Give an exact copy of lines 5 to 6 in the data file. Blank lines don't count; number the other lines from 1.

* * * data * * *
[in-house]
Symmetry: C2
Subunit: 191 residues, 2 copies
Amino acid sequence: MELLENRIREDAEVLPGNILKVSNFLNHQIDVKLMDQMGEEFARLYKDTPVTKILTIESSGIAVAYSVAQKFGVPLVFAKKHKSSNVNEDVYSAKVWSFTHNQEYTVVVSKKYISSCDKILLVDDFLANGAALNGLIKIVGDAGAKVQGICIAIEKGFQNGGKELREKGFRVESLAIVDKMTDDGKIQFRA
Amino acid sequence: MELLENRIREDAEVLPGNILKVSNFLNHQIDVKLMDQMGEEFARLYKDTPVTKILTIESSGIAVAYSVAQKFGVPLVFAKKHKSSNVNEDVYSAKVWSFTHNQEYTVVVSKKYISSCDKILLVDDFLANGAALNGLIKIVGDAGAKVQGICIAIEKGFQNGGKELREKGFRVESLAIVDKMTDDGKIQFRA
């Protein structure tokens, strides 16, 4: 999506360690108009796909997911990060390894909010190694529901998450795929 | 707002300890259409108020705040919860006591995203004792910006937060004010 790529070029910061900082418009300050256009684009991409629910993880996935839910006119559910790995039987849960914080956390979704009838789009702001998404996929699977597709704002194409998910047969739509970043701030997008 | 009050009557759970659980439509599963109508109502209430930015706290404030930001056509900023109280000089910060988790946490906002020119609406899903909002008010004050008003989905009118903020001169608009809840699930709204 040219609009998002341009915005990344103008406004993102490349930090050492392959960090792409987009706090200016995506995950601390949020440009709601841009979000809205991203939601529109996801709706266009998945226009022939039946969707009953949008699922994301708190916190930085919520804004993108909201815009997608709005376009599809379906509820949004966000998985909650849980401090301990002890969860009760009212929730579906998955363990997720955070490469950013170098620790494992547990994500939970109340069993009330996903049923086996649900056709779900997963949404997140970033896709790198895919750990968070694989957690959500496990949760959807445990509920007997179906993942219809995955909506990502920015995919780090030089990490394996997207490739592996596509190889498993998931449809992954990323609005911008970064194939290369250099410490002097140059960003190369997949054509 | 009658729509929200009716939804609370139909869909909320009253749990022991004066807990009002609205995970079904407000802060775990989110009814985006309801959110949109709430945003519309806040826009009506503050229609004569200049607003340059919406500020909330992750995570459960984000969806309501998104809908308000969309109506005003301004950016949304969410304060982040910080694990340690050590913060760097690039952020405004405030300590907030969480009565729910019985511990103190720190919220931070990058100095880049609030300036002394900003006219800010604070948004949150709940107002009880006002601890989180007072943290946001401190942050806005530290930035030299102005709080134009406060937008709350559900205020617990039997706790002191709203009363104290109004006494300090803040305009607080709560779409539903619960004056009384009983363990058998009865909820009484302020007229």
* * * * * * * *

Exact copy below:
Amino acid sequence: MELLENRIREDAEVLPGNILKVSNFLNHQIDVKLMDQMGEEFARLYKDTPVTKILTIESSGIAVAYSVAQKFGVPLVFAKKHKSSNVNEDVYSAKVWSFTHNQEYTVVVSKKYISSCDKILLVDDFLANGAALNGLIKIVGDAGAKVQGICIAIEKGFQNGGKELREKGFRVESLAIVDKMTDDGKIQFRA
């Protein structure tokens, strides 16, 4: 999506360690108009796909997911990060390894909010190694529901998450795929 | 707002300890259409108020705040919860006591995203004792910006937060004010 790529070029910061900082418009300050256009684009991409629910993880996935839910006119559910790995039987849960914080956390979704009838789009702001998404996929699977597709704002194409998910047969739509970043701030997008 | 009050009557759970659980439509599963109508109502209430930015706290404030930001056509900023109280000089910060988790946490906002020119609406899903909002008010004050008003989905009118903020001169608009809840699930709204 040219609009998002341009915005990344103008406004993102490349930090050492392959960090792409987009706090200016995506995950601390949020440009709601841009979000809205991203939601529109996801709706266009998945226009022939039946969707009953949008699922994301708190916190930085919520804004993108909201815009997608709005376009599809379906509820949004966000998985909650849980401090301990002890969860009760009212929730579906998955363990997720955070490469950013170098620790494992547990994500939970109340069993009330996903049923086996649900056709779900997963949404997140970033896709790198895919750990968070694989957690959500496990949760959807445990509920007997179906993942219809995955909506990502920015995919780090030089990490394996997207490739592996596509190889498993998931449809992954990323609005911008970064194939290369250099410490002097140059960003190369997949054509 | 009658729509929200009716939804609370139909869909909320009253749990022991004066807990009002609205995970079904407000802060775990989110009814985006309801959110949109709430945003519309806040826009009506503050229609004569200049607003340059919406500020909330992750995570459960984000969806309501998104809908308000969309109506005003301004950016949304969410304060982040910080694990340690050590913060760097690039952020405004405030300590907030969480009565729910019985511990103190720190919220931070990058100095880049609030300036002394900003006219800010604070948004949150709940107002009880006002601890989180007072943290946001401190942050806005530290930035030299102005709080134009406060937008709350559900205020617990039997706790002191709203009363104290109004006494300090803040305009607080709560779409539903619960004056009384009983363990058998009865909820009484302020007229």